Dora Stoutzker Hall, Royal Welsh College of Music & Drama, Cardiff, 16 March 2017
Prokofiev: Symphony No. 1 in D, Op.25 (the ‘Classical’)
Michael Nyman: Where The Bee Dances
Mozart: Symphony No.39 in E flat, K543
Conductor: Gábor Takács-Nagy
Jess Gillam (soprano saxophone)
Not the least advantage of having saxophonist Jess Gillam reach the finals of the BBC Young Musician contest in 2016 was the opportunity to hear an unfamiliar musical instrument in obscure parts of the repertory. Almost completely appropriated by jazz as though jazz might have been awaiting its invention, the sax has also had a presence in dance bands concerned with strict tempo sounds. They have a job to do; instrumental solos are non-flashy so as not to draw attention to themselves or interrupt the swirl on the dance floor. Gillam herself is well aware of her instrument’s magnetic links to the local palais and to jazz, and she often incorporates jazz or its derivatives in her concerts. But it was her breezy personality that helped her shoulder her way to the front in a contest dominated by instruments graded in terms of their popularity among listeners. Since its inception in 1978, the competition’s winning-instrument tally has been violin (five), piano (four), cello (three), trombone and clarinet (two each), horn, oboe, and percussion (one each). There are sound reasons for that, but also objections to its bias on the grounds that one should only compare like with like. One problem for anyone outside this consensus is the lack of music with which audiences can identify, and it’s clear that including transcriptions of scores written for other instruments is best avoided. Audiences can be fickle and unadventurous.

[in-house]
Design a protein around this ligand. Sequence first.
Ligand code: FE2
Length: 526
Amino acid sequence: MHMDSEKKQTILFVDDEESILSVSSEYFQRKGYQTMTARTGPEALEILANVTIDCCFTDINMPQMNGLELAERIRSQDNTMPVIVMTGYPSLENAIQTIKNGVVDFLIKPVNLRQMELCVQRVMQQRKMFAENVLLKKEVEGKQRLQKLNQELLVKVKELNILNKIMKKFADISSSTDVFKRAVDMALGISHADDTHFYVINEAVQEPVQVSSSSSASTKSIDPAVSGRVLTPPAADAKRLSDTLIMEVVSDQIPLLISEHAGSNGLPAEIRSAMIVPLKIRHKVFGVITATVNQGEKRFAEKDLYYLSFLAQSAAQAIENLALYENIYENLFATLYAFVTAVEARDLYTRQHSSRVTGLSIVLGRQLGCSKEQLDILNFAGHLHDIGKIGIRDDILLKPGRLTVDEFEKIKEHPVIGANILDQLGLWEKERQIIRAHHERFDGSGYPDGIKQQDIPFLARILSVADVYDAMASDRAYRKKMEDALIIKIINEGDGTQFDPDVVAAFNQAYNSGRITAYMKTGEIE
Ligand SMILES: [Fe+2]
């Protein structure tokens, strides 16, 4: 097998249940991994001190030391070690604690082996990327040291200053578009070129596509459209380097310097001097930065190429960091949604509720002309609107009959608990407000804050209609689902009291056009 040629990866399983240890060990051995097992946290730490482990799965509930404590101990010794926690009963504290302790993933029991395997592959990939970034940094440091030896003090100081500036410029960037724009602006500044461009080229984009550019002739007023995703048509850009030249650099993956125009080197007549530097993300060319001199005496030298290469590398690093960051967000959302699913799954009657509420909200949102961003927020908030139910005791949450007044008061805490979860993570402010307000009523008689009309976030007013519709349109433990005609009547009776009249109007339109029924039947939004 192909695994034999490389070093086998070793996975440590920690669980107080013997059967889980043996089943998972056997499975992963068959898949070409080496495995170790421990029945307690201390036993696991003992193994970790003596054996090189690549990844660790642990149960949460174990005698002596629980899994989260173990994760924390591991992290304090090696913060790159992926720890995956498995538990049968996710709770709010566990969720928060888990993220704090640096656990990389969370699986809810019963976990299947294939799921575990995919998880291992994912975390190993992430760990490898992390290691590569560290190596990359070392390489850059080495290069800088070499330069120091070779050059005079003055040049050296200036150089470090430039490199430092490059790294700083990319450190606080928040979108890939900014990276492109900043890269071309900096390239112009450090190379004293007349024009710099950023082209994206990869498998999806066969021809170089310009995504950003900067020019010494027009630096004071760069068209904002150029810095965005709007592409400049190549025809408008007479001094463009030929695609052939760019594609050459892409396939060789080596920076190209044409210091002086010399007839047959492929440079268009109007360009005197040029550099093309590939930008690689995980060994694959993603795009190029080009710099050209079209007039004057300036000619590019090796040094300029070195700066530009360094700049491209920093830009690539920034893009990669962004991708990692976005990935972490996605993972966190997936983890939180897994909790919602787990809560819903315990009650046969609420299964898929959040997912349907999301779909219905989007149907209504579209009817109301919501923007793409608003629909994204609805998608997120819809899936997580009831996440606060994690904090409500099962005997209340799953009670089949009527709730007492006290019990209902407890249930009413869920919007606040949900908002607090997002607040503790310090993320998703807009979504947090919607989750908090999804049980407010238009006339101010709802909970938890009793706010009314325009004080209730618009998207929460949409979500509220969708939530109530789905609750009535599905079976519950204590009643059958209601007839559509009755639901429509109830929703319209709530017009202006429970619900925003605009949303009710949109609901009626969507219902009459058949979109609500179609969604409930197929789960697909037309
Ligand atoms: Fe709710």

Gillam, still just eighteen and returning to the very building where she’d won through to the competition finals, was the perfect guest for Sinfonia Cymru, an orchestra defined by its youthful zest and ambition. She bounced onto the platform like a musical emissary from the constellation of Aquarius, wearing a sequinned jacket, skinny tux trousers and shining boots. In her hands, evoking some talisman incapable of being wrested from her, was the soprano saxophone, possibly the one member of the sax family least likely to ripen her audience’s latent prejudice. And for the soloist slot she settled on the piece she performed in the BBC Young Musician final, held at the Barbican in London: Michael Nyman’s Where The Bee Dances, written for her teacher, John Harle. While the title diverts from any expectation that it might be a one-movement concerto in the commonly understood sense, it soon transfers its thrust to the ensemble and away from the exposed soloist. Although it goes through some interesting rhythmic and minimalist-style developments, it too early morphs into a contest from which the soloist can do nothing to take shelter – that’s if she wants to – despite the impression given that a return to its reflective opening with the orchestra’s pianist Gamal Khamis might have been welcome, not to say appropriate. But its formal progress brooks no circularity and it riffs ahead at high pitch and volume.